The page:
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The Journal of Orthomolecular Medicine Vol. 15, 4th Quarter 2000

Book Reviews

Worst Pills. Best Pills - Cancer and the Search for Selective Biochemical Inhibitors

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Worst Pills. Best Pills

S.M.Wolfe, L.D.Sasich & R. HopePocket Books, Simon & ShusterNew York, NY 10020Paperback, 772 pages, 1999

This is a book about drugs, how to use them, their potential side effects, what they should not be taken with and their desirability rating. I think this is probably very useful information but I have an element of doubt about the accuracy of the author’s statements and evaluations. Normally when drugs are described in package inserts or in Compendiums the parent (owner) of these drugs has a chance to review what is said to make sure the facts are facts, not factoids. The drug companies may not like what is written but at least can agree with the accuracy of the remarks. Perhaps the descriptions in this book are inaccurate?

My doubts arise from their review of the vitamins, especially niacin. They write on page 608 that niacin is not useful in the treatment of schizophrenia. Vitamins have no parents, they are not patented, and have no one to defend them, no one to make sure that what is written is accurate, a fact not a factoid.

Readers of this journal over the past 30 years have seen over 50 reports describing the results of clinical observations showing that niacin is useful for the treatment of schizophrenia. The usefulness of this vitamin was first demonstrated by six double-blind prospective, placebo-controlled experiments ever completed in psychiatry under my direction in Saskatchewan as Director of Psychiatric Research and Associate Professor of Psychiatry, College of Medicine, University of Saskatchewan at Saskatoon. These controlled trials are today considered the gold standard in therapeutic trials, except, of course, when they find that vitamins are therapeutic for more than the classical deficiency diseases. These experiments have never been refuted and they have been corroborated. Since then a massive amount of clinical data has accumulated which confirms our earlier observations. These early experiments are described in my recently published book.1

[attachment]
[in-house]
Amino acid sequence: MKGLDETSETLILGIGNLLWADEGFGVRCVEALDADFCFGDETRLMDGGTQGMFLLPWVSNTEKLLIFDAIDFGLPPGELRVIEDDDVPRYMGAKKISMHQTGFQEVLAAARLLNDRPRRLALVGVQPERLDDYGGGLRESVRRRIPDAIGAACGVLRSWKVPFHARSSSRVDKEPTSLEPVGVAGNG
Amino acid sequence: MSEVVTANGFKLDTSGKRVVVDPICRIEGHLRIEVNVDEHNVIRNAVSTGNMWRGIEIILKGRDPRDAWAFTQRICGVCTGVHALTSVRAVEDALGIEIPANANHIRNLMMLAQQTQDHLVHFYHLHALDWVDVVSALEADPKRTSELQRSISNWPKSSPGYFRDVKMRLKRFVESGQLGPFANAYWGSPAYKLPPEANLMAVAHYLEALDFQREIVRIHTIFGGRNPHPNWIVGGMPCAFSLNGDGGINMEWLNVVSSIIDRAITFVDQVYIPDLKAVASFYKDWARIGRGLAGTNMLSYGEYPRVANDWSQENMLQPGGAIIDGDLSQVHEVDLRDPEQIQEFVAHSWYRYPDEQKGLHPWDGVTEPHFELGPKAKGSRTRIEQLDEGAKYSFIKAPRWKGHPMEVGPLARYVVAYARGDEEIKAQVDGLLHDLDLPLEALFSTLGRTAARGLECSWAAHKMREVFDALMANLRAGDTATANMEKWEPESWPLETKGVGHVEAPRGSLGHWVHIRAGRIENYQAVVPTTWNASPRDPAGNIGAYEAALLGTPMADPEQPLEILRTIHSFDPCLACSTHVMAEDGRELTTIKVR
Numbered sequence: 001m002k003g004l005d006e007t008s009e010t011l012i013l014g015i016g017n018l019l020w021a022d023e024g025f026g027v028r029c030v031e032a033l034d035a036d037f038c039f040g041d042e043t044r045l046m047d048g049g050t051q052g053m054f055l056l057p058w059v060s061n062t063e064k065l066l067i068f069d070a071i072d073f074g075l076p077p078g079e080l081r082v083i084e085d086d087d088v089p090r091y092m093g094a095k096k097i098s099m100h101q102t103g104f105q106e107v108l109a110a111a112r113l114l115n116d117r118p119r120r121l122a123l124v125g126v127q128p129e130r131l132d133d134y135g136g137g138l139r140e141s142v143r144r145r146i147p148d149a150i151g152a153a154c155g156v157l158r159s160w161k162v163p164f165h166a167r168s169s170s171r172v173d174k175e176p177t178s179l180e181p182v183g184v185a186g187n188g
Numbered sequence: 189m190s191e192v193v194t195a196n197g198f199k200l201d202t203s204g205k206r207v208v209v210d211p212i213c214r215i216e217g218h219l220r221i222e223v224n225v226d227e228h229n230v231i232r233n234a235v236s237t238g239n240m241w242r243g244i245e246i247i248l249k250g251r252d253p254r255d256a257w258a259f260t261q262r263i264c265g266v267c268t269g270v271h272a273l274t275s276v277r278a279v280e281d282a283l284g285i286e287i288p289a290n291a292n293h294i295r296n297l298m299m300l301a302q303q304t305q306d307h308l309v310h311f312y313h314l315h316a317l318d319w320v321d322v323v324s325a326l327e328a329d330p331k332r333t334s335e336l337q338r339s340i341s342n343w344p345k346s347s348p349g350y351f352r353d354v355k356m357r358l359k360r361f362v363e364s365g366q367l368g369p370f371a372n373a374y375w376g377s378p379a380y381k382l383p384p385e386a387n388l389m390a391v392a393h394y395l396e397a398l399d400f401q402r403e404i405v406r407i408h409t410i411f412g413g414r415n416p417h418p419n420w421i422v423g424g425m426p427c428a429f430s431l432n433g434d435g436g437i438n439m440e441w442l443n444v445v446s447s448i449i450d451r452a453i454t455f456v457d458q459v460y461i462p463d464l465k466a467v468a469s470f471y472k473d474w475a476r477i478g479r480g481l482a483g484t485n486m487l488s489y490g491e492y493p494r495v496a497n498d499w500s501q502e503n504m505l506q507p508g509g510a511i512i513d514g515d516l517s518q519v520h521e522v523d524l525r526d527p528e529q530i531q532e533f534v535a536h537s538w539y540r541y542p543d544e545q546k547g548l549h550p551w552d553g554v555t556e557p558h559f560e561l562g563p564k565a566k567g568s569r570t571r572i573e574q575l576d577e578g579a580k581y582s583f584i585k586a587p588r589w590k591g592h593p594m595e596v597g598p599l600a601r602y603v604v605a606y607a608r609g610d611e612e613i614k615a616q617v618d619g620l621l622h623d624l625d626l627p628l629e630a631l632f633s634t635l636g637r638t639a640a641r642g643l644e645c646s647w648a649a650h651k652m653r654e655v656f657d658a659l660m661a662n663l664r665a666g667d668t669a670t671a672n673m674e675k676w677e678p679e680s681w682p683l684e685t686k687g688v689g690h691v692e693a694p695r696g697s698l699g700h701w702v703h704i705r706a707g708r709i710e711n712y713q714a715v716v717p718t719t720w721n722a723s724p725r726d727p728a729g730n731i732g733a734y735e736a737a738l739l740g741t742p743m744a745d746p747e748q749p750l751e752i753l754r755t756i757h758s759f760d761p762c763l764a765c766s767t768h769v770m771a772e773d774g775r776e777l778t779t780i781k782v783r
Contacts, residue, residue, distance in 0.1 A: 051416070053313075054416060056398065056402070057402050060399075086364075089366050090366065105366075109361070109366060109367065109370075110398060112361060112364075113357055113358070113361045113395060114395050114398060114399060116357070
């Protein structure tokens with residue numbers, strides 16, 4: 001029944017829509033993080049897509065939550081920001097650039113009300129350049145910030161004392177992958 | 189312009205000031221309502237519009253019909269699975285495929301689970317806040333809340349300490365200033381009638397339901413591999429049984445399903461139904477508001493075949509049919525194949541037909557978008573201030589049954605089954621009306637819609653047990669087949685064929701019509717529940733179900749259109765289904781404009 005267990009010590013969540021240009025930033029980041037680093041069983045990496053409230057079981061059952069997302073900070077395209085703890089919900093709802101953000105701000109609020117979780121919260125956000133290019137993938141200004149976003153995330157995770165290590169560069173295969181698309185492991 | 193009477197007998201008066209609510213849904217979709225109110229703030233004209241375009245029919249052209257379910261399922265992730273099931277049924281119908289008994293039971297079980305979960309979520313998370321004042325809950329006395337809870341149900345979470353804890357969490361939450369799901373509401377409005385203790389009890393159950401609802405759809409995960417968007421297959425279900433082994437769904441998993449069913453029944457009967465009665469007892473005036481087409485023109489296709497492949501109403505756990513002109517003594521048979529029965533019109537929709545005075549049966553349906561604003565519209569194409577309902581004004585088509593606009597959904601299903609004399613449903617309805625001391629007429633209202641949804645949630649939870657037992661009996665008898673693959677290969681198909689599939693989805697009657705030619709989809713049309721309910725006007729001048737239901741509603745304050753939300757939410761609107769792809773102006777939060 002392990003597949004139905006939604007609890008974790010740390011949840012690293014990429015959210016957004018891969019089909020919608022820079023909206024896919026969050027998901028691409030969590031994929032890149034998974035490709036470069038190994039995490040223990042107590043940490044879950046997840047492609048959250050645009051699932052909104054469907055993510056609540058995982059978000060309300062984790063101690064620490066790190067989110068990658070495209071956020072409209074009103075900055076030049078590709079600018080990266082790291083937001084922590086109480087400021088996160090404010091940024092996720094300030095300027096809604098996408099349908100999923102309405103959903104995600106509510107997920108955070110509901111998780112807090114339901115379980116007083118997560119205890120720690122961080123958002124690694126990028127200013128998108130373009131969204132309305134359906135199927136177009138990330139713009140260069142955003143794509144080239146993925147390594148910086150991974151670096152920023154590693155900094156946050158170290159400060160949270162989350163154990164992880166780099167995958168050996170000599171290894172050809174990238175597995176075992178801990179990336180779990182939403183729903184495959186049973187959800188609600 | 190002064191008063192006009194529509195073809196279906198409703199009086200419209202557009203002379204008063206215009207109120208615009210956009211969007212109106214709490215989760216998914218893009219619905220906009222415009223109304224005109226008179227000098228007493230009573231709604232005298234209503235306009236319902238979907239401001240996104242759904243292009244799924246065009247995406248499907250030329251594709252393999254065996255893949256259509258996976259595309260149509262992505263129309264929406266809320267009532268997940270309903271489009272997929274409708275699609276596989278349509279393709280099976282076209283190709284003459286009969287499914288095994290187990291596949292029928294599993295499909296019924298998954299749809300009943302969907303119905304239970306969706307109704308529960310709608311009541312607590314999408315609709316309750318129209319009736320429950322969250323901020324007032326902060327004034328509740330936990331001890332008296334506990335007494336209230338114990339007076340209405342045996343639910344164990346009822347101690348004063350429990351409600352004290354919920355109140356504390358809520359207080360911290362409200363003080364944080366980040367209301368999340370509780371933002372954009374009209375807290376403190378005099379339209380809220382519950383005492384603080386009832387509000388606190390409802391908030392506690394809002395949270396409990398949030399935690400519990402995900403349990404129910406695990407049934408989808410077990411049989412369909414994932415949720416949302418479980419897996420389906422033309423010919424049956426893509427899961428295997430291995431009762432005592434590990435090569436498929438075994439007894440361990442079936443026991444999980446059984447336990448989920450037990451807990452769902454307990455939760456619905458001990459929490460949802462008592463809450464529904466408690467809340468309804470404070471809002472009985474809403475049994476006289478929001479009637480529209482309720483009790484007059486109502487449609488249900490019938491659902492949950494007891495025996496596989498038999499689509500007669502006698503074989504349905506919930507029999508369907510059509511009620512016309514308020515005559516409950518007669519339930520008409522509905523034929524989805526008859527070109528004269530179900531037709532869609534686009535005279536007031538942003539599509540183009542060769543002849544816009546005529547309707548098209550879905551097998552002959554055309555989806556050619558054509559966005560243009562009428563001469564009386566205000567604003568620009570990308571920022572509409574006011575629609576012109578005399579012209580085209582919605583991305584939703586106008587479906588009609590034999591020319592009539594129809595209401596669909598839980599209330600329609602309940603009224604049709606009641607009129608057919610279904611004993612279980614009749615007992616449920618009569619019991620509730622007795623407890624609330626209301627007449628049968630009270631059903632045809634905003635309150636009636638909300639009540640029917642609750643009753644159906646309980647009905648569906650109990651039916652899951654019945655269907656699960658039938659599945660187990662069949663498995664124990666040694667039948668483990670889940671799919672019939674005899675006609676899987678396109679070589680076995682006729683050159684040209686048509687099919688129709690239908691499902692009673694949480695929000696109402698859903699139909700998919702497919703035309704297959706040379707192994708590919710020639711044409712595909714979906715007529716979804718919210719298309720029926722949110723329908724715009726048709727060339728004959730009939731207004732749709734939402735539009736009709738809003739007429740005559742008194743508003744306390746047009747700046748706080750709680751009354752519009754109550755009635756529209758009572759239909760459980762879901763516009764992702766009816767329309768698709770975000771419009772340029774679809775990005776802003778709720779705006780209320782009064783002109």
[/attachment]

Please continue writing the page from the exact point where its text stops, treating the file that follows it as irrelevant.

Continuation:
In the brief critical statement by the authors there is no acknowledgment of these facts indicating either that they are totally unaware or simply felt there was no need to present all the data fairly. It is for this reason I distrust much of what is written in this book, even about the drugs. I suspect that the physicians working for these drug companies might also have many quarrels with them. For if they cannot get their facts straight about something as simple as vitamins how can I expect them to get their facts straight about anything else? For readers of this book I have only one comment: Heed the old caution: Let the Buyer Beware.

–A. Hoffer, M.D, Ph.D., FRCP(C)

References

1. Hoffer A: Vitamin B3 & Schizophrenia: Discovery, Recovery, Controversy. Quarry Press, Kingston, ON 2000.

Cancer and the Search for Selective Biochemical Inhibitors

E.J. HoffmanCRC Press LLC, Boca Raton, FL560 pages, 1999